Literary Speed Dating: Flowers for Algernon
Keep in mind: Literary Speed Dating is merely an allegory. Through this, I offer you a book walkthrough and recommendation without spoilers.
eHarmony™ and Match.com™ are both reported for great success in the dating and marriage scene. The Tinder™ and Plenty of Fish™ routes are more one-night-stands, from what I understand, though I’ve heard of successful relationships, too. In either case, I preferred the traditional route in dating, and am glad I did. I found my husband in my apartment complex and our love story is a hopeless romantic kind of thing that I’d never give up in a million years. Score 1 for tradition!
One of the things I love about him is that he supports my book dating addiction. Expensive and time-consuming, he still gives up both because he knows how much I love it and is there 100%. I couldn’t imagine loving someone more supportive.
I’ve been involved with Literary Speed Dating (hosted by Barnes & Noble) since I was 13. It’s an all-ages event that connects available readers with books in need of attention. I had no intention of getting into something like that despite my friends’ insistence that I try Library Dating. But, when my mother was looking for something, I came across a beautiful cover and couldn’t help but check out her back blurb. Confessions of an Ugly Stepsister (by Gregory Maguire) was my first date and I still have feelings for her. However, she had no intention of anything long-term and our fling had to end. I still keep her nearby, though.
Algernon was an unpleasant surprise in my life when I first started teaching.
I had expected to teach a book I already knew based on the traditional high school canon. Instead, I was charged to teach Flowers for Algernon (by Daniel Keyes)–a book I’d never even heard of. We were forced into a short-lived relationship that sent me on a rollercoaster of emotions. I don’t regret it at all but I can’t help but avoid him at times because of my whirlwind experience with him.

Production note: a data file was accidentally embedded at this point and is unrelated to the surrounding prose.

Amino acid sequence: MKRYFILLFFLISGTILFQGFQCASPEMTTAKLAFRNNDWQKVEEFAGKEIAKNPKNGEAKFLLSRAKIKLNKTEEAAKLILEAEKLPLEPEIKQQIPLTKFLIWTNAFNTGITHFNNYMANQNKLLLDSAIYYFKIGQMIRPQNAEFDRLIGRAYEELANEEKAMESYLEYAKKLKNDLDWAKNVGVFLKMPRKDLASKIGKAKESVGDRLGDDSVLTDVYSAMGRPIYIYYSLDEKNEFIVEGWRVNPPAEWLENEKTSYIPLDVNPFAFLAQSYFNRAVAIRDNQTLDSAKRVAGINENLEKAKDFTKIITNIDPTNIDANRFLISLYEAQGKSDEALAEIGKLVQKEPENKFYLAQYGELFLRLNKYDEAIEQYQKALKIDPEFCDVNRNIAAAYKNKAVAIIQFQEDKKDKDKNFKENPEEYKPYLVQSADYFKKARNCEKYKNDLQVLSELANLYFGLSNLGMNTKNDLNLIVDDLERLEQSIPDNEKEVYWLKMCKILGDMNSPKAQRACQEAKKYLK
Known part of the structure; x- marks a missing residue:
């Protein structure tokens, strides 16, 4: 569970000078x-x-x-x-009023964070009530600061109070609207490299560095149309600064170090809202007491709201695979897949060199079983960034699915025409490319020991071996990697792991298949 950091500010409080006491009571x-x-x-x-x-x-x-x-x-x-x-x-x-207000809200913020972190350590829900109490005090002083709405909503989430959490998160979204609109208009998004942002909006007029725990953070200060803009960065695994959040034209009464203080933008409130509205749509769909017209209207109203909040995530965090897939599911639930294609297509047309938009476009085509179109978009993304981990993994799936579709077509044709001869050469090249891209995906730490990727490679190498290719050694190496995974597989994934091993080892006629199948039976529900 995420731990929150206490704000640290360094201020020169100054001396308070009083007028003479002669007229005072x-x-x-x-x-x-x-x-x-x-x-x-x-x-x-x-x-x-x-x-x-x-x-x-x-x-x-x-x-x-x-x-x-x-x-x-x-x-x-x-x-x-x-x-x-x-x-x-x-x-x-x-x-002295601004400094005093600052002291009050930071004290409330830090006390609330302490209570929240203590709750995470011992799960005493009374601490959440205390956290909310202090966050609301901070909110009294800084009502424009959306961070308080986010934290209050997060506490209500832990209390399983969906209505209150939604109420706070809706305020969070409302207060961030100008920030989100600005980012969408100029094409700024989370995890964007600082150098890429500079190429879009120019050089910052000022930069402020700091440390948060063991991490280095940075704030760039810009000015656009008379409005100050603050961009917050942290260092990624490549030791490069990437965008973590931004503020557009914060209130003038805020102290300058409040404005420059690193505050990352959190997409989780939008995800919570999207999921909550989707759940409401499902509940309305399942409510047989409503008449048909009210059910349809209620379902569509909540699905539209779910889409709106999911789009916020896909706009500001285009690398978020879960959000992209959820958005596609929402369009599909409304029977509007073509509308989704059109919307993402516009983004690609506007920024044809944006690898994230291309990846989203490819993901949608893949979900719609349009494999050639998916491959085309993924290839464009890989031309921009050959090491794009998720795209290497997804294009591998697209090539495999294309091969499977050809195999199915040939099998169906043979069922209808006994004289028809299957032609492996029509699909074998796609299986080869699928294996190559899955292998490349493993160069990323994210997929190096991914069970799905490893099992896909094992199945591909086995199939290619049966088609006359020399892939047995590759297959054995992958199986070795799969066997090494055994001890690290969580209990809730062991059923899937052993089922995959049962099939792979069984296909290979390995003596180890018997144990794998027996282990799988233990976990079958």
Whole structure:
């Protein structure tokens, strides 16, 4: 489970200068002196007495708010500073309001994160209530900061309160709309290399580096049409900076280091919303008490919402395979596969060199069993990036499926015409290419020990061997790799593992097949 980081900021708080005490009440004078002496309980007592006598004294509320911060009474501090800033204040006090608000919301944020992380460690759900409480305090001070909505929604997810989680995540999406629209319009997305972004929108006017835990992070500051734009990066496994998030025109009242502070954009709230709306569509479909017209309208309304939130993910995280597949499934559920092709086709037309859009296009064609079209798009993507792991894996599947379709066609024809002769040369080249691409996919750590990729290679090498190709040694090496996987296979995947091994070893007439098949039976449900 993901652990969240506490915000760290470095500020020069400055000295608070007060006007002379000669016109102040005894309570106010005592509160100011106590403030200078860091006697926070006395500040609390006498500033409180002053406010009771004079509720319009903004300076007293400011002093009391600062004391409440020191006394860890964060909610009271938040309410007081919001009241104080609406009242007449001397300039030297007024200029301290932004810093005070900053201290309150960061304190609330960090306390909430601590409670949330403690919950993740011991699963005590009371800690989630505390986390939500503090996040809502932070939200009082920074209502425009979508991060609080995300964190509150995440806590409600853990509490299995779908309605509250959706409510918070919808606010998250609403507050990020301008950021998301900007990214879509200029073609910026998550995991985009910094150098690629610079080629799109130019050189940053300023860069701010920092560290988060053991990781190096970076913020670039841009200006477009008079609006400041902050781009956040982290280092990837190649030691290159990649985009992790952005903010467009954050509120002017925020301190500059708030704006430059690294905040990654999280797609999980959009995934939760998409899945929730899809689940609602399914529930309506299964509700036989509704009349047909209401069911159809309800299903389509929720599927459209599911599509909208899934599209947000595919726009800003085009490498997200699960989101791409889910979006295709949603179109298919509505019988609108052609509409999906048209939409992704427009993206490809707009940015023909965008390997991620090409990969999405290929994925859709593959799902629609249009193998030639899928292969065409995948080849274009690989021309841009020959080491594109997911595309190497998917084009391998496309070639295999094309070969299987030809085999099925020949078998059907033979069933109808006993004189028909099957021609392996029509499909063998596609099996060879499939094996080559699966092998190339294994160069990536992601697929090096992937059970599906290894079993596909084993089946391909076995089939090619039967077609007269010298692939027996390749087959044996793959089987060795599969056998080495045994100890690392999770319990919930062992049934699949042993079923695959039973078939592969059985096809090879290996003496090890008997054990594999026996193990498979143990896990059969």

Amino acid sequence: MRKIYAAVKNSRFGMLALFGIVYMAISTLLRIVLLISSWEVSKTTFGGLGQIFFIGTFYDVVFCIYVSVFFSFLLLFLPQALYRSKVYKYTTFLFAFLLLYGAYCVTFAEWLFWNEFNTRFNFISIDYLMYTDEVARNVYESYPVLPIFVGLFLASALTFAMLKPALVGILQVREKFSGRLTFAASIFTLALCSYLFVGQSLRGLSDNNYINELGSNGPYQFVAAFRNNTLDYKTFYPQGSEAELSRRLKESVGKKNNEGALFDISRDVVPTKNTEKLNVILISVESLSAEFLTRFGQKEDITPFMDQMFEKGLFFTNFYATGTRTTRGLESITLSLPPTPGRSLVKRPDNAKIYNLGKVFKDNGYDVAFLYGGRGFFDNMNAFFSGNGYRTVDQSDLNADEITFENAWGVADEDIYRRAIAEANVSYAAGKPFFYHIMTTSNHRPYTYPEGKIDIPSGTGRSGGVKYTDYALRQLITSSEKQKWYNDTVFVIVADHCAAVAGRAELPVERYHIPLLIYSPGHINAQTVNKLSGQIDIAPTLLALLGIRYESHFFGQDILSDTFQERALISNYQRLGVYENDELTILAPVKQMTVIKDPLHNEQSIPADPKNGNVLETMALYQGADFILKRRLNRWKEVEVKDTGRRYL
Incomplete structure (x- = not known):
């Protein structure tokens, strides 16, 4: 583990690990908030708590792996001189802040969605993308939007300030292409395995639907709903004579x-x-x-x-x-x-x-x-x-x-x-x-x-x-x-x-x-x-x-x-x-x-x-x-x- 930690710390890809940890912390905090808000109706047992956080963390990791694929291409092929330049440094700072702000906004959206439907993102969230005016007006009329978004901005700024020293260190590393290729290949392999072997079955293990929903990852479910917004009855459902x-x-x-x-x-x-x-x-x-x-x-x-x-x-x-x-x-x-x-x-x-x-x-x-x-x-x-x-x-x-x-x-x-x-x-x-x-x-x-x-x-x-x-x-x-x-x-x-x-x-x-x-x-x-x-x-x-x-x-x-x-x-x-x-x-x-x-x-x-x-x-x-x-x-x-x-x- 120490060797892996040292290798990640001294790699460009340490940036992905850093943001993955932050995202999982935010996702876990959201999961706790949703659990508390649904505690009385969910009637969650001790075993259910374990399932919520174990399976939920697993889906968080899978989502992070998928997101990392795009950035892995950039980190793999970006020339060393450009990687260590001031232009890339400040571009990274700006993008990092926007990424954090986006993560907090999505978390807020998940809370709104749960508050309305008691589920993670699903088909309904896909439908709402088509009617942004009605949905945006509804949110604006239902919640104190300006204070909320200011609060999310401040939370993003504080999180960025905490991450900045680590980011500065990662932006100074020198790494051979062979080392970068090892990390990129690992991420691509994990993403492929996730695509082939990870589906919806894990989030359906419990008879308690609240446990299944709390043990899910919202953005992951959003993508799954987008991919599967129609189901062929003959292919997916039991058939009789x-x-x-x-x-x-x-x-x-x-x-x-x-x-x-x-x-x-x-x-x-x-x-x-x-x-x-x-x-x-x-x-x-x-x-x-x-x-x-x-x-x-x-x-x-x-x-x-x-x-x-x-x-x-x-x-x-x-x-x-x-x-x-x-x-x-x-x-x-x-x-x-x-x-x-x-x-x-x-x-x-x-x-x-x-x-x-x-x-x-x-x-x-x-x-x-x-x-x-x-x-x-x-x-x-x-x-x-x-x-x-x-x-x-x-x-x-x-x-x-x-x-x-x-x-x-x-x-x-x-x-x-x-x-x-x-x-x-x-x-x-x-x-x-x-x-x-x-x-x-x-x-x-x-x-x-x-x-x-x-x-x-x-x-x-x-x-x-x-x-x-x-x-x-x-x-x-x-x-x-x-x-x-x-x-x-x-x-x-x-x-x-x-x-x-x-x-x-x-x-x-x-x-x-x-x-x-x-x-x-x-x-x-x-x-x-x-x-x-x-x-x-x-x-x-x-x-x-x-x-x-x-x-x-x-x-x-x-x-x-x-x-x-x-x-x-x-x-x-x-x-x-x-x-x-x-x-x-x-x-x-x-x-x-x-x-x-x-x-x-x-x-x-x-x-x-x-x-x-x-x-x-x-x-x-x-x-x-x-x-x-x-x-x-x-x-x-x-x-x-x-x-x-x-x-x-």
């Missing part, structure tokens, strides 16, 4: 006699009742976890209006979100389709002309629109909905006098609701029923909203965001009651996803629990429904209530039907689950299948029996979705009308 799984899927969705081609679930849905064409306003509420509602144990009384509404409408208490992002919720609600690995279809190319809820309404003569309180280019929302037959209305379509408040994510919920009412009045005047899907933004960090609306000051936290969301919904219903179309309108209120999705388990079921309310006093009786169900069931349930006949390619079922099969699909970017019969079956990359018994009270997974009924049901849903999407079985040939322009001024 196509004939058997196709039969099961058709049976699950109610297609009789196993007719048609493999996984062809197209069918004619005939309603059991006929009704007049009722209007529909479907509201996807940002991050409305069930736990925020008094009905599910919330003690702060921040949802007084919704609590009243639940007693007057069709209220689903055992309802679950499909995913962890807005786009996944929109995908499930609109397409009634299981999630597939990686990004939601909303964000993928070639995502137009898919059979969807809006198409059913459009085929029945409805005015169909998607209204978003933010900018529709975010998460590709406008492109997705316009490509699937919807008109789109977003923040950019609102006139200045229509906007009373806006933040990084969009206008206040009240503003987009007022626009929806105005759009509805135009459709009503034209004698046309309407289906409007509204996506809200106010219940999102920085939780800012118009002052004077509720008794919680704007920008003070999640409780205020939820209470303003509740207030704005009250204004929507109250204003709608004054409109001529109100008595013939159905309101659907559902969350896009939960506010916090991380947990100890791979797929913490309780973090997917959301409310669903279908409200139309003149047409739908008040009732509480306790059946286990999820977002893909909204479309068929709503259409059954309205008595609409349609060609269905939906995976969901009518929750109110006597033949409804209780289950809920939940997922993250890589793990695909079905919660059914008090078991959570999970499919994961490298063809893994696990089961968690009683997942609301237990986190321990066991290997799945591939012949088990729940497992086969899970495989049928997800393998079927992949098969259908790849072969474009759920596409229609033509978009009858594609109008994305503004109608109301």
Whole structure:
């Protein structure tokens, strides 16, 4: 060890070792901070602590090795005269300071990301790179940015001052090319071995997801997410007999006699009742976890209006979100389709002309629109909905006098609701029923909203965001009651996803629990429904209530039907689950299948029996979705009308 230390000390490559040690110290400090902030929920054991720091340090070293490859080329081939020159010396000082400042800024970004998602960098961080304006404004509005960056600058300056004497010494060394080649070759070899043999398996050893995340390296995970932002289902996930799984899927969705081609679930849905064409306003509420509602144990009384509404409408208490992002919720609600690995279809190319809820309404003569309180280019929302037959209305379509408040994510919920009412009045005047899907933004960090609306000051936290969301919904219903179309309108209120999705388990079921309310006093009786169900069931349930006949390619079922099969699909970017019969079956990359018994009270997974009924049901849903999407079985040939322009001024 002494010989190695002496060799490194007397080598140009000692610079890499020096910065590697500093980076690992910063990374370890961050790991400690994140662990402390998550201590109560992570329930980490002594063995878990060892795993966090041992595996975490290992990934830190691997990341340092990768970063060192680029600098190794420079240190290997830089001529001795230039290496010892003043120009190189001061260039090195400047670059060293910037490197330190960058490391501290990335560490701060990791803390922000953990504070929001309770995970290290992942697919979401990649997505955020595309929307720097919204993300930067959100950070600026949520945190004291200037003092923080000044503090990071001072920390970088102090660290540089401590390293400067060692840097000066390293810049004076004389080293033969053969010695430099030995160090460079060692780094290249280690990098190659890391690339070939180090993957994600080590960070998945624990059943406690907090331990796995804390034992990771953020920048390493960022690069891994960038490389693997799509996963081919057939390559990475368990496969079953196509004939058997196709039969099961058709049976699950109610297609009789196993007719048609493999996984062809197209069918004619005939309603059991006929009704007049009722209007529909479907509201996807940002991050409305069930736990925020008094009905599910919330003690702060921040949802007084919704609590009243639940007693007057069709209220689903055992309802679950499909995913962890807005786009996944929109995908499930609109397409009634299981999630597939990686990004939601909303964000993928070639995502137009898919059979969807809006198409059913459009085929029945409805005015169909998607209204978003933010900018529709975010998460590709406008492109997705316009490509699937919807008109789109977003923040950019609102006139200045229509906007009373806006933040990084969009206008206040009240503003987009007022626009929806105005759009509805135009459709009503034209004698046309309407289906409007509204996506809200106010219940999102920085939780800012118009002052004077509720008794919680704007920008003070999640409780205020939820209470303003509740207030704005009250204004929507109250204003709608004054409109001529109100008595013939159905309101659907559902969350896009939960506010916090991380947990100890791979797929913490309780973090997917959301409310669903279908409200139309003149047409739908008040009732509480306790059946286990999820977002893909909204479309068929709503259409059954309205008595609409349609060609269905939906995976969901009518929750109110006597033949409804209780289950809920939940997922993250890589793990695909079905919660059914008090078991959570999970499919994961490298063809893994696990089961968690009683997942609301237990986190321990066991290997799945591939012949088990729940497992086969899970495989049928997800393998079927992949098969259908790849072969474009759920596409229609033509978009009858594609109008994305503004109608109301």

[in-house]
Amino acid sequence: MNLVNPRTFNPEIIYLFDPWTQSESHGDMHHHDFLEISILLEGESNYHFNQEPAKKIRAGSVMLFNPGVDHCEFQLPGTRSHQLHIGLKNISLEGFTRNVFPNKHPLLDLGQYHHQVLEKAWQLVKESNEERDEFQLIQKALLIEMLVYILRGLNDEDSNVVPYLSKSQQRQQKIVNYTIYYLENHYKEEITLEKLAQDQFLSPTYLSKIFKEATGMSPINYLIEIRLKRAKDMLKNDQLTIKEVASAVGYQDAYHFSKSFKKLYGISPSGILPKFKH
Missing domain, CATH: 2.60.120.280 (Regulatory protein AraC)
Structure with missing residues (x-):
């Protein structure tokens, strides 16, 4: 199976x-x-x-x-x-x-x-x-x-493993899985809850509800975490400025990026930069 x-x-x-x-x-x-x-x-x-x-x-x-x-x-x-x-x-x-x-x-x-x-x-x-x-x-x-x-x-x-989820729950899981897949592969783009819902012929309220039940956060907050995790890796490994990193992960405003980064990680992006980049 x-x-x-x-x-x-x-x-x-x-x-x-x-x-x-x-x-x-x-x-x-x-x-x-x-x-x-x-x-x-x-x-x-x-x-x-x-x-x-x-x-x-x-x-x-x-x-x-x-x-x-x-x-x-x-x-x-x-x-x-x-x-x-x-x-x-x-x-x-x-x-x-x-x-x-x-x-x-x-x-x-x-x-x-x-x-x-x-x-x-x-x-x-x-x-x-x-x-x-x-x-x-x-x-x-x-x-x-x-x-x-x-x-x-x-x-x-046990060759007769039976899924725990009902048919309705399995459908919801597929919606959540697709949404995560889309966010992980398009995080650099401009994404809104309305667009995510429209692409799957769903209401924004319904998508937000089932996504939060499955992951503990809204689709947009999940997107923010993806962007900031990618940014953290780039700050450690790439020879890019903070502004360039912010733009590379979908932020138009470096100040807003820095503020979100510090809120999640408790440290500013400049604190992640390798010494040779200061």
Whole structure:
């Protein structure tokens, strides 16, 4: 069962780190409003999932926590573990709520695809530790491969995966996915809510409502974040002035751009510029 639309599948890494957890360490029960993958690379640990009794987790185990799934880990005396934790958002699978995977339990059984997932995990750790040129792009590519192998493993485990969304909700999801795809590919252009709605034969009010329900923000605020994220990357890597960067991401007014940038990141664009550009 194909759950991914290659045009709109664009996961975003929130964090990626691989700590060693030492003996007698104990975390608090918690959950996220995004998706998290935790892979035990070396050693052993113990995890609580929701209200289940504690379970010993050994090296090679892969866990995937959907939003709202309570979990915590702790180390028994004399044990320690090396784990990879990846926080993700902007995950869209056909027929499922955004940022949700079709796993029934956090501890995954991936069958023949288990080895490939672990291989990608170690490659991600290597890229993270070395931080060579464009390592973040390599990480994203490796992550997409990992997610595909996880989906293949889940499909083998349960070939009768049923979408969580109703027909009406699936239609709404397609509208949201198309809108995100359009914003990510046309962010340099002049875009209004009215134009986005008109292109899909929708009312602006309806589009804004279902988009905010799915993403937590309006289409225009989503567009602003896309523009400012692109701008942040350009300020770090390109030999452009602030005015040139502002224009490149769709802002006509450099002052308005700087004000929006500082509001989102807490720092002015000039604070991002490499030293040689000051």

I had only a couple days to bond with him before I had to solicit him to the kids and convince them he’s all chalked up as the curriculum developers think he is. I was fascinated with him from the very beginning because it was obvious that he’s different. Like, mean very different. The sweetest thing on earth with a distinctive quality that made me a little uncomfortable, I found that all he wanted was to love and a chance to be loved.
Midway through the date, he changed though and was nothing like how he started.
It was sheer blasphemy. Though I understood why he shifted, he and I both knew that it wasn’t the right thing. His transformation didn’t make him more appealing–if anything it made him worse. However, it did keep him interesting. In the end, it all worked out though I couldn’t wipe the tears away.
The fascination, confusion, curiosity, sadness, anger, disappointment, pride, devastation, happiness–all of it. Algernon yanked me by the hand and took me on every ride the emotional fair had to offer. That tells me, though, he’s an excellent catch.
Essentially, I feel like Algernon should be getting way more call-backs than he is. Everyone owes it to him/her self to go out with him if they really want to know their heart.
What are your Flowers for Algernon experiences? Let us know below and on social media–including Goodreads. Don’t forget to sign up for my bi-weekly newsletter, too.